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Is Vanguard Information Technology ETF a Buy?

Big technology, love it or hate it, is transforming the world we live in. And as a result, technology stocks have been delivering market-beating returns for quite some time. Enter the Vanguard Information Technology ETF (NYSEMKT: VGT). Over the last decade, this sector-specific index fund has more than doubled the return of the S&P 500. No matter what surprises have been thrown at it over the last 10 years, VGT has continued to shine.

Data by YCharts.

It looks like technology will continue to lead the economy forward for the foreseeable future. That means VGT might make a good core holding for portfolios of all kinds.

What exactly is the Vanguard Information Technology ETF?

Vanguard is a leader in passive exchange-traded funds, shares of which can be bought and sold just like individual stocks. VGT passively follows the information technology sector, and its underlying holdings are weighted by market cap -- the bigger the company, the bigger its allocation in the fund. The names span software companies, chipmakers, electronic payment processors, and other tech-forward services.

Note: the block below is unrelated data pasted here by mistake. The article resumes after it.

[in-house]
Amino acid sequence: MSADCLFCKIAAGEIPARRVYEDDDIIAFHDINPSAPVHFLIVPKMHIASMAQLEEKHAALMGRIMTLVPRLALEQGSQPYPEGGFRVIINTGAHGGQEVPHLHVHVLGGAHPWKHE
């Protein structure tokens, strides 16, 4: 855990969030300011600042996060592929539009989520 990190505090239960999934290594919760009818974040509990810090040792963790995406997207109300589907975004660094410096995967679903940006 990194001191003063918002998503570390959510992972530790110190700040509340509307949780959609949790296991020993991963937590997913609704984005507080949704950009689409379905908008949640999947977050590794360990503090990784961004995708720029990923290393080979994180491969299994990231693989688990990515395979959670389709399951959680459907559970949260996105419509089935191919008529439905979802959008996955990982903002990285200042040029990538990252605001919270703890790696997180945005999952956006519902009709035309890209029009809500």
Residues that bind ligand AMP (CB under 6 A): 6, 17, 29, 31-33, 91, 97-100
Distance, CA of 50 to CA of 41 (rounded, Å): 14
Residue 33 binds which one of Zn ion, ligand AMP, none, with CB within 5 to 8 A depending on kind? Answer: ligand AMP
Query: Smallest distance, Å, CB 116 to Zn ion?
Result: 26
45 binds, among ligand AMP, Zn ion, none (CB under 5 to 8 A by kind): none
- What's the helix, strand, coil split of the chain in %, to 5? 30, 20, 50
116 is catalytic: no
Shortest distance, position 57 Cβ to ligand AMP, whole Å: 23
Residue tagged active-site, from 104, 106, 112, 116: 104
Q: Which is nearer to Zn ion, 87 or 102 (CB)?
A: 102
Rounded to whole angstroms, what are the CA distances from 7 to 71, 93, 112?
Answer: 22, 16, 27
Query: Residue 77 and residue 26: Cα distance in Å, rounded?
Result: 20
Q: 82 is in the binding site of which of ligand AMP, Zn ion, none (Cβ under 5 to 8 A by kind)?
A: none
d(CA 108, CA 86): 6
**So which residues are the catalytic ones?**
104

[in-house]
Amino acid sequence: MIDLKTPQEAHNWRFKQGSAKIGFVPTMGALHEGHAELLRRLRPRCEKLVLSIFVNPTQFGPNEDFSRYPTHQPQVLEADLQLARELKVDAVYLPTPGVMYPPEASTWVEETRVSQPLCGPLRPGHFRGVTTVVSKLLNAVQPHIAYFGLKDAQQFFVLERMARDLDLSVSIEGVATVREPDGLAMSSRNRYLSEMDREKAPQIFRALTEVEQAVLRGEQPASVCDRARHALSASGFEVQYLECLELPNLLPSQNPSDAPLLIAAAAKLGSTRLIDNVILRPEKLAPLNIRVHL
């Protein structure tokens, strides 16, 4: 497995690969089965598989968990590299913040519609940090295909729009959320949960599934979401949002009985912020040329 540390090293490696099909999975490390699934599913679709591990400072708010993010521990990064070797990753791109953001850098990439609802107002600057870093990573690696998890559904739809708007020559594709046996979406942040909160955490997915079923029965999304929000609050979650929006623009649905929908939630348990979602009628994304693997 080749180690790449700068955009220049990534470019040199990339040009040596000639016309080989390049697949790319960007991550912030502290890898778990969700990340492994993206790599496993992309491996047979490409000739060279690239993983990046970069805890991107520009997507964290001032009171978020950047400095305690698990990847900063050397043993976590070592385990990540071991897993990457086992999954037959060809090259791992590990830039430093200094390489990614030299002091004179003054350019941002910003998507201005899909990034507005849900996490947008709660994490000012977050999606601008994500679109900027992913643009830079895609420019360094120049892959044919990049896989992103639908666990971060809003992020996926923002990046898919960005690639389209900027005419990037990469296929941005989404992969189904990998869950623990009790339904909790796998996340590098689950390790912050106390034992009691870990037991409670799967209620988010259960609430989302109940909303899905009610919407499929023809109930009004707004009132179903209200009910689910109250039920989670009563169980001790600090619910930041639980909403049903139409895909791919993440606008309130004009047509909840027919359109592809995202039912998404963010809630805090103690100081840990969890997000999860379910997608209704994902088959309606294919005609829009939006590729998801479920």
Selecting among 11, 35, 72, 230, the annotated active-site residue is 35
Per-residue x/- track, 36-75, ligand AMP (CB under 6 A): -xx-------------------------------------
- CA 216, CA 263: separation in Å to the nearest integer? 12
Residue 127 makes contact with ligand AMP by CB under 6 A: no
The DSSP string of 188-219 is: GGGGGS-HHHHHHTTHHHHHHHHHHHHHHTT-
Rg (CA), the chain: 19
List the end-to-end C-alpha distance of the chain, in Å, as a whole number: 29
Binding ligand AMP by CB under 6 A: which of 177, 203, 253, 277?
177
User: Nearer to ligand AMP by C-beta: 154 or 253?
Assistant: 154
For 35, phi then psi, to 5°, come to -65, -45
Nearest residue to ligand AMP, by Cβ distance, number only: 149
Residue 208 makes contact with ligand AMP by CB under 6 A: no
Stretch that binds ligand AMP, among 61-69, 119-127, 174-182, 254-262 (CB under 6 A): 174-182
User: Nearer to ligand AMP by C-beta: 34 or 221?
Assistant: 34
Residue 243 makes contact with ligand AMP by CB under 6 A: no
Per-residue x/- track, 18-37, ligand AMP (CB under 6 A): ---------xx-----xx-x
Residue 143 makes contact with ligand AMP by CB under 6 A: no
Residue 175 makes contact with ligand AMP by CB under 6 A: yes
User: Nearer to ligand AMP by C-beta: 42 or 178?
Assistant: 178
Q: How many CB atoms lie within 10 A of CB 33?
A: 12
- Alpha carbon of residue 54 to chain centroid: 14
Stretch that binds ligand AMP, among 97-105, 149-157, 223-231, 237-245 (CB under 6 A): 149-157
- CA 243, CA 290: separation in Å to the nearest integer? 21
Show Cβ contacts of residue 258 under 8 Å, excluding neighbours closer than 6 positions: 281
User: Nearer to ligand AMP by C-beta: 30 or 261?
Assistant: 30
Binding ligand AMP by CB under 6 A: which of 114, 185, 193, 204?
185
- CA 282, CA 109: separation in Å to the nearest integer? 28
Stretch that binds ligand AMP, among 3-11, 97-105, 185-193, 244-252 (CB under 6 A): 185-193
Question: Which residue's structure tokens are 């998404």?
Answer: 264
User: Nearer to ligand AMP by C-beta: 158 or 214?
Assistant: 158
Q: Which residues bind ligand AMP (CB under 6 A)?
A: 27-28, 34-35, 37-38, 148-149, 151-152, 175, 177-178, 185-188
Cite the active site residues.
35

The 10 largest holdings in the ETF are:

Company % Allocation of Vanguard Information Technology ETF
Microsoft (NASDAQ: MSFT) 15.6%
Apple (NASDAQ: AAPL) 14.3%
Visa (NYSE: V) 4.5%
Mastercard (NYSE: MA) 4%
Cisco Systems (NASDAQ: CSCO) 4%
Intel (NASDAQ: INTC) 3.4%
Adobe (NASDAQ: ADBE) 2.3%
Oracle (NYSE: ORCL) 2.2%
PayPal Holdings (NASDAQ: PYPL) 2.1%
salesforce.com (NYSE: CRM) 2%

Holdings as of May 31, 2019. Data source: Vanguard.